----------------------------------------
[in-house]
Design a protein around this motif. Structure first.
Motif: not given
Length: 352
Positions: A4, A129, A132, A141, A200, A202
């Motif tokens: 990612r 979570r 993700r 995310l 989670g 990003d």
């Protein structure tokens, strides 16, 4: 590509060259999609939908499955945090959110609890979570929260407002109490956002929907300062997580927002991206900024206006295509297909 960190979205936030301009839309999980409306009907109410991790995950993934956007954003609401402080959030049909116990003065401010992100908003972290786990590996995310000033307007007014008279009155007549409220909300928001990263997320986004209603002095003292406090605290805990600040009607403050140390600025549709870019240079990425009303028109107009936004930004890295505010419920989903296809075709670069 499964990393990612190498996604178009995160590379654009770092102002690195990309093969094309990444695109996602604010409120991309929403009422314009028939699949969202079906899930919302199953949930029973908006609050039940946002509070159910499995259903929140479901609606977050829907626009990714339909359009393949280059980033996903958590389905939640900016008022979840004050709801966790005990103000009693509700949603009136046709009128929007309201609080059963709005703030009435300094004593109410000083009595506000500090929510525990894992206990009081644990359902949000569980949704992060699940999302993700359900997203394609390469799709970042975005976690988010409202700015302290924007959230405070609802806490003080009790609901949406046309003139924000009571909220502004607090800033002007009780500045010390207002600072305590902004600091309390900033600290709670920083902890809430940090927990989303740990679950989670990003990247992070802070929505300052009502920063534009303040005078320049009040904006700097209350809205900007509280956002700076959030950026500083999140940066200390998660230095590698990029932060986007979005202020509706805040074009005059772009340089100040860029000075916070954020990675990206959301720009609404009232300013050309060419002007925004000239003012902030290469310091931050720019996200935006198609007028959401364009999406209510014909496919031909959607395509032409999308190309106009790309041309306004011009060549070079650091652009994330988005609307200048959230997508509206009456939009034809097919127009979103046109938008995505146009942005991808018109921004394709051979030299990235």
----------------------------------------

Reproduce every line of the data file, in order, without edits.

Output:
[in-house]
Design a protein around this motif. Structure first.
Motif: not given
Length: 352
Positions: A4, A129, A132, A141, A200, A202
């Motif tokens: 990612r 979570r 993700r 995310l 989670g 990003d």
């Protein structure tokens, strides 16, 4: 590509060259999609939908499955945090959110609890979570929260407002109490956002929907300062997580927002991206900024206006295509297909 960190979205936030301009839309999980409306009907109410991790995950993934956007954003609401402080959030049909116990003065401010992100908003972290786990590996995310000033307007007014008279009155007549409220909300928001990263997320986004209603002095003292406090605290805990600040009607403050140390600025549709870019240079990425009303028109107009936004930004890295505010419920989903296809075709670069 499964990393990612190498996604178009995160590379654009770092102002690195990309093969094309990444695109996602604010409120991309929403009422314009028939699949969202079906899930919302199953949930029973908006609050039940946002509070159910499995259903929140479901609606977050829907626009990714339909359009393949280059980033996903958590389905939640900016008022979840004050709801966790005990103000009693509700949603009136046709009128929007309201609080059963709005703030009435300094004593109410000083009595506000500090929510525990894992206990009081644990359902949000569980949704992060699940999302993700359900997203394609390469799709970042975005976690988010409202700015302290924007959230405070609802806490003080009790609901949406046309003139924000009571909220502004607090800033002007009780500045010390207002600072305590902004600091309390900033600290709670920083902890809430940090927990989303740990679950989670990003990247992070802070929505300052009502920063534009303040005078320049009040904006700097209350809205900007509280956002700076959030950026500083999140940066200390998660230095590698990029932060986007979005202020509706805040074009005059772009340089100040860029000075916070954020990675990206959301720009609404009232300013050309060419002007925004000239003012902030290469310091931050720019996200935006198609007028959401364009999406209510014909496919031909959607395509032409999308190309106009790309041309306004011009060549070079650091652009994330988005609307200048959230997508509206009456939009034809097919127009979103046109938008995505146009942005991808018109921004394709051979030299990235």